# Thought Process

Obviously there is a finite number of T(n) which are 47-smooth, which always piques my interest on where this upper bound is located at. After some research on Smooth numbers I found Størmer's theorem which actually explicitly shows a method to solve a problem by solving a lot of Pell's Equation, unfortunately this seems extremely hard Mathematically and Computationally.

At the bottom of Størmer's theorem I found a sequence of largest possible n's such that T(n) is pn-smooth which is the sequence A117581 on OEIS. I now have the bound I was looking for, 1109496723126.

All I did now was generate all 47-smooth numbers less than this bound using a new function added to my Essential Functions, k-smooth numbers, and then I just went through the list and checked if n and n+1 were both in this list.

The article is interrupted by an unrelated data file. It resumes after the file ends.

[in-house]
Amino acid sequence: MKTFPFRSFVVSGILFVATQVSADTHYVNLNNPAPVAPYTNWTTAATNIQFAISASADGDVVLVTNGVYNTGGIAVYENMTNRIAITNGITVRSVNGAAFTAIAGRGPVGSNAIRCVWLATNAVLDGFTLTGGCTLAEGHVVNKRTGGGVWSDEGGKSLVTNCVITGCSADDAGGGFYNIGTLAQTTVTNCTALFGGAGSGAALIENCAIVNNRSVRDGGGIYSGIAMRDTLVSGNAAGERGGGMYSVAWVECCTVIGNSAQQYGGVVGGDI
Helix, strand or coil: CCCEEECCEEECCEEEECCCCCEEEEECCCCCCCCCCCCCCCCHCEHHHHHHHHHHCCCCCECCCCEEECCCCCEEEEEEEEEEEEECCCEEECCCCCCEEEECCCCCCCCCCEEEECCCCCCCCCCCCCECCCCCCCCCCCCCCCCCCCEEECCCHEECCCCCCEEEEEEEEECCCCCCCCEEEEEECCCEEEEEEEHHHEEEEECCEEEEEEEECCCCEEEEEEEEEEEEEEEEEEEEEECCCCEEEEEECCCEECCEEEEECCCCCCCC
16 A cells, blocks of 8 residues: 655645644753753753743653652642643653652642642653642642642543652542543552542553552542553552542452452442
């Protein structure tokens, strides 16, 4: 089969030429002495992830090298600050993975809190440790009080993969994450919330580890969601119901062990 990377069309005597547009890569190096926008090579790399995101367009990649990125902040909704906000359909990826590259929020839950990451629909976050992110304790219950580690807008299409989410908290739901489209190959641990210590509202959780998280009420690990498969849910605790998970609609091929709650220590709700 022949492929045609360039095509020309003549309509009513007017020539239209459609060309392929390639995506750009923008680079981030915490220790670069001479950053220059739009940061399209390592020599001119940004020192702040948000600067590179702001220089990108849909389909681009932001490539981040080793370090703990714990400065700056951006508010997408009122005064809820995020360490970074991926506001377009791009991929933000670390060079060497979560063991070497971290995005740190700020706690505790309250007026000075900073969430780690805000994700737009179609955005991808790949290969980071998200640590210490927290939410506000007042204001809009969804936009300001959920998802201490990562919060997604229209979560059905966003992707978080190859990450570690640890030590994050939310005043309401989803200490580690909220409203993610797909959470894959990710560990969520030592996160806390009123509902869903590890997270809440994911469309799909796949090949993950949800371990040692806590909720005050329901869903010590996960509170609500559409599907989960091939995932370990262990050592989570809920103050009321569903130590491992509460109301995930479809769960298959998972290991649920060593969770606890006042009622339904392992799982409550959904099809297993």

One day I would like to come back and use Størmer's theorem properly to solve this!

# Interactive Code

Enter a number (yourinput)

Code will output the the sum of all indices n such that T(n) is yourinput-smooth

If you input the max = 41 give it 10-15 seconds